Commercial Featuring Victims of $15 Minimum Wage To Air In Response To “Fight for $15” Protests

Ad features real-world stories of harm from "Fight for 15" campaign
  • Publication Date: March 2017

Washington D.C. – Today, the Employment Policies Institute (EPI) released a new commercial featuring real-world stories of the negative impacts of dramatic minimum wage increases across the country. The ad will run twice nationwide during Mornings With Maria on Fox Business on Tuesday, April 4th — the same day as the latest round of SEIU-backed Fight for $15 minimum wage protests occurring in major cities nationwide.

Watch the commercial here.

The commercial features the stories of several business owners profiled by EPI in mini-documentaries for its Faces of $15 project. They explain the consequences of dramatic minimum wage increases to their businesses. Stories include:

  • Kelley Ulmer, owner of Almost Perfect Books in Roseville CA, was forced to close her store in July 2016 due to “the ever increasing minimum wage.”
  • Houman Salem of ArgyleHAUS of Apparel in San Fernando, CA is expanding in Nevada rather than California because of the state’s minimum wage. You can read his op-ed in the LA Times here.
  • Nat Cutler, owner the Abbot’s Cellar in San Francisco, was forced to close his doors in January 2015 due the city’s rising minimum wage, as well as other high business costs in the city.
  • Larry Georgeton, co-owner of the Del Rio Diner in Brooklyn, NY, closed in July 2016 because of New York’s rising minimum wage. He explained of his employees, “when I told them we were closing the store a lot of tears were shed.”
  • Muriel Sterling, owner of Sterling’s Family Childcare in Oakland, CA had to let one employee go and release some families due to the increase. Sterling states, “This wage increase has not only hurt the employees, it has hurt the families and the children.”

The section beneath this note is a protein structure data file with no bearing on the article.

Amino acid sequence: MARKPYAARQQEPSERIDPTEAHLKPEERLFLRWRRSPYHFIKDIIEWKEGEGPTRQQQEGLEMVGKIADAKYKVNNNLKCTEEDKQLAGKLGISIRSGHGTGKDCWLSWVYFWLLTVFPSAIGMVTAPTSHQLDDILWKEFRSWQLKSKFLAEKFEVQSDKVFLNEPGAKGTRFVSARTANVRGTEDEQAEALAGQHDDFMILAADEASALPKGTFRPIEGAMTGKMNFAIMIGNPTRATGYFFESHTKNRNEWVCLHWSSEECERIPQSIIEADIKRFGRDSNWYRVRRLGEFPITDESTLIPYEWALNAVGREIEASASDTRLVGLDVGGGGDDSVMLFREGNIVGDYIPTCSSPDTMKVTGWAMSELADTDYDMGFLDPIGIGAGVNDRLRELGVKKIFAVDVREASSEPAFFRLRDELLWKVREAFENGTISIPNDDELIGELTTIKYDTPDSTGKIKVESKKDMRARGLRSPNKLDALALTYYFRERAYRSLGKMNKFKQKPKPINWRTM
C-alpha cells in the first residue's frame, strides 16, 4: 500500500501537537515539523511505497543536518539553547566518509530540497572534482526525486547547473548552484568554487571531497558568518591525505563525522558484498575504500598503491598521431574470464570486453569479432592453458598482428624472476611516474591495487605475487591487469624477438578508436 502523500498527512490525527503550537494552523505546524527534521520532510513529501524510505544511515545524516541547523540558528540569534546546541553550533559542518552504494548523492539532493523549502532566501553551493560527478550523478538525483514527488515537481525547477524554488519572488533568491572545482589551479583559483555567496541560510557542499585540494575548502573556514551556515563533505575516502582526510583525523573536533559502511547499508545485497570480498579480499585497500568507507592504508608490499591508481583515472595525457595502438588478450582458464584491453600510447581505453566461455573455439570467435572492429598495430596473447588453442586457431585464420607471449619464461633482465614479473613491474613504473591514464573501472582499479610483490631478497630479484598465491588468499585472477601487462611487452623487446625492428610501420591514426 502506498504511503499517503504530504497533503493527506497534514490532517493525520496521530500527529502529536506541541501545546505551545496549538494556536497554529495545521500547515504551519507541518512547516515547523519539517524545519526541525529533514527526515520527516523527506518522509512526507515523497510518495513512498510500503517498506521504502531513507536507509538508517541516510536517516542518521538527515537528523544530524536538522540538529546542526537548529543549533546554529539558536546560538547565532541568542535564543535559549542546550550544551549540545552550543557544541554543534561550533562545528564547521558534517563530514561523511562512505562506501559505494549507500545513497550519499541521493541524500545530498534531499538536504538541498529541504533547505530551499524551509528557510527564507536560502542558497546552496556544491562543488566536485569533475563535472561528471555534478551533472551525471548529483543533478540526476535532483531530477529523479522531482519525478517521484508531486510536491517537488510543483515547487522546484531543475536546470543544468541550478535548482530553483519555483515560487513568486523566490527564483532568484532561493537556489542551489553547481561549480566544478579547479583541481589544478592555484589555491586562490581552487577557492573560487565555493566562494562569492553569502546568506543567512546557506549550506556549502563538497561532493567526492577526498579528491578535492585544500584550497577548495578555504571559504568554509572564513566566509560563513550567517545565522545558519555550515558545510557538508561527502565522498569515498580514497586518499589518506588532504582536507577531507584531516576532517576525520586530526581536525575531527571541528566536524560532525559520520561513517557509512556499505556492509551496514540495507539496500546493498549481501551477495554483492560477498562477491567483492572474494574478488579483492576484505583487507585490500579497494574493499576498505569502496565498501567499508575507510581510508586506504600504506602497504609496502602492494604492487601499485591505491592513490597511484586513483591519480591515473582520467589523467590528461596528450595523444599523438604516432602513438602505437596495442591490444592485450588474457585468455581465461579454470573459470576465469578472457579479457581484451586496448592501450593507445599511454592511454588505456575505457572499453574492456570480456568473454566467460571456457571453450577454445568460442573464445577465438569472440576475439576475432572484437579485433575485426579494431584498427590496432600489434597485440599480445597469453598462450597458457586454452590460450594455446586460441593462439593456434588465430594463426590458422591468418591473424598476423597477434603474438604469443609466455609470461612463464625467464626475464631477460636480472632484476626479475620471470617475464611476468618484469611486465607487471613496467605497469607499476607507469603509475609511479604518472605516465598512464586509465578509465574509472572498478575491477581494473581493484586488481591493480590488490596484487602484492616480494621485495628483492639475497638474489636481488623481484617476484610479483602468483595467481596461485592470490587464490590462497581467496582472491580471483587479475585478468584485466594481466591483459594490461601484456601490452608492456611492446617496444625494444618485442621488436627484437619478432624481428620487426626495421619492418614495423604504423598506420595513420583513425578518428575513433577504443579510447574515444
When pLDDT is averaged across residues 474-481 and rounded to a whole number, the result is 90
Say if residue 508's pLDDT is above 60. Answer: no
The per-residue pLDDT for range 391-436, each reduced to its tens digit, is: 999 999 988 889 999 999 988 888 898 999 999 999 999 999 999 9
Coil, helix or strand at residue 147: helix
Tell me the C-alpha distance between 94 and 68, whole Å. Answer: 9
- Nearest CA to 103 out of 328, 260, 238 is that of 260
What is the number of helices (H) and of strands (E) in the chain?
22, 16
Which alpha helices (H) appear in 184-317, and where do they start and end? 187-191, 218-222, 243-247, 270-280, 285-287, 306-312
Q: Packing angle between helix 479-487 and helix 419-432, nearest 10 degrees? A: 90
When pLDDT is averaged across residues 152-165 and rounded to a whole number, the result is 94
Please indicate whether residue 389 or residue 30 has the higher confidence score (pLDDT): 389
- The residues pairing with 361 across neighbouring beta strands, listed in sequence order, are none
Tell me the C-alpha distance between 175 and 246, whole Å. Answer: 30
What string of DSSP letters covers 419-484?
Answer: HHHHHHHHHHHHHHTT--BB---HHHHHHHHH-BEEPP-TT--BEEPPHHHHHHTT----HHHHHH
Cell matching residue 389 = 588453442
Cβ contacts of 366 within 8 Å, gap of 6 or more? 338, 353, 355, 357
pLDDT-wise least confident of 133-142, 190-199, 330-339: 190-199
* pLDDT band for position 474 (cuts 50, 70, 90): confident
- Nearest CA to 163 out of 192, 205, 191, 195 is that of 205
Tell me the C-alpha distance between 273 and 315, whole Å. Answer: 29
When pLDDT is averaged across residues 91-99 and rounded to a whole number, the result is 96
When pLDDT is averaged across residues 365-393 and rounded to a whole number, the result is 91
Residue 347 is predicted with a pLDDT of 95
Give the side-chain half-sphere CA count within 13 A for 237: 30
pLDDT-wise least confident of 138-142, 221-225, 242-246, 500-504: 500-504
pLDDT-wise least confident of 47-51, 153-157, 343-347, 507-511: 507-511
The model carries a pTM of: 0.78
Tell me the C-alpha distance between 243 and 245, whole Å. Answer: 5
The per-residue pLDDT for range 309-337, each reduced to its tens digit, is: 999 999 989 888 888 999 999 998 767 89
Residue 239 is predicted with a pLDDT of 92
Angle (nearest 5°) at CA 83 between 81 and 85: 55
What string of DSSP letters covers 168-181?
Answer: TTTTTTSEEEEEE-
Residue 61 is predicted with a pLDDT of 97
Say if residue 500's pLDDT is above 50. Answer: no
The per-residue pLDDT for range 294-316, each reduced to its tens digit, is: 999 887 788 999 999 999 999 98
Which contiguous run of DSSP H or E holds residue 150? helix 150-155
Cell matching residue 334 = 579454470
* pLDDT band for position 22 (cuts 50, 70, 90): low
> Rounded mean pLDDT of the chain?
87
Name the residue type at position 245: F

The Fight for 15 campaign has been losing steam in recent months. The county executive in Montgomery County, MD, and the Mayor of Baltimore, MD, vetoed $15 wage legislation. (The Democratic City Council in Cleveland rejected a similar plan last year.) The City Council in Flagstaff, Arizona, recently rolled back an increase to $12 set to take place this summer. In Miami Beach, FL, a plan by the city’s publicity-hungry mayor to raise the city’s minimum wage was shut down by a circuit court judge. And in Iowa, the state legislature recently approved a law to set one minimum wage at the state level, rather than individual county wages.

“The Fight for $15 is a fight against the well-being of employers and employees across the country,” said Michael Saltsman, managing director at EPI, “Recent setbacks for the union-backed campaign show that right- and left- leaning legislators are recognizing these consequences.”
     For more information, visit To schedule an interview, contact Sean Kumnick at  (202) 463-7650 or

The Employment Policies Institute is a nonprofit research organization dedicated to studying public policy issues surrounding employment growth. In particular, EPI focuses on issues that affect entry-level employment. EPI receives support from restaurants, foundations, and individuals.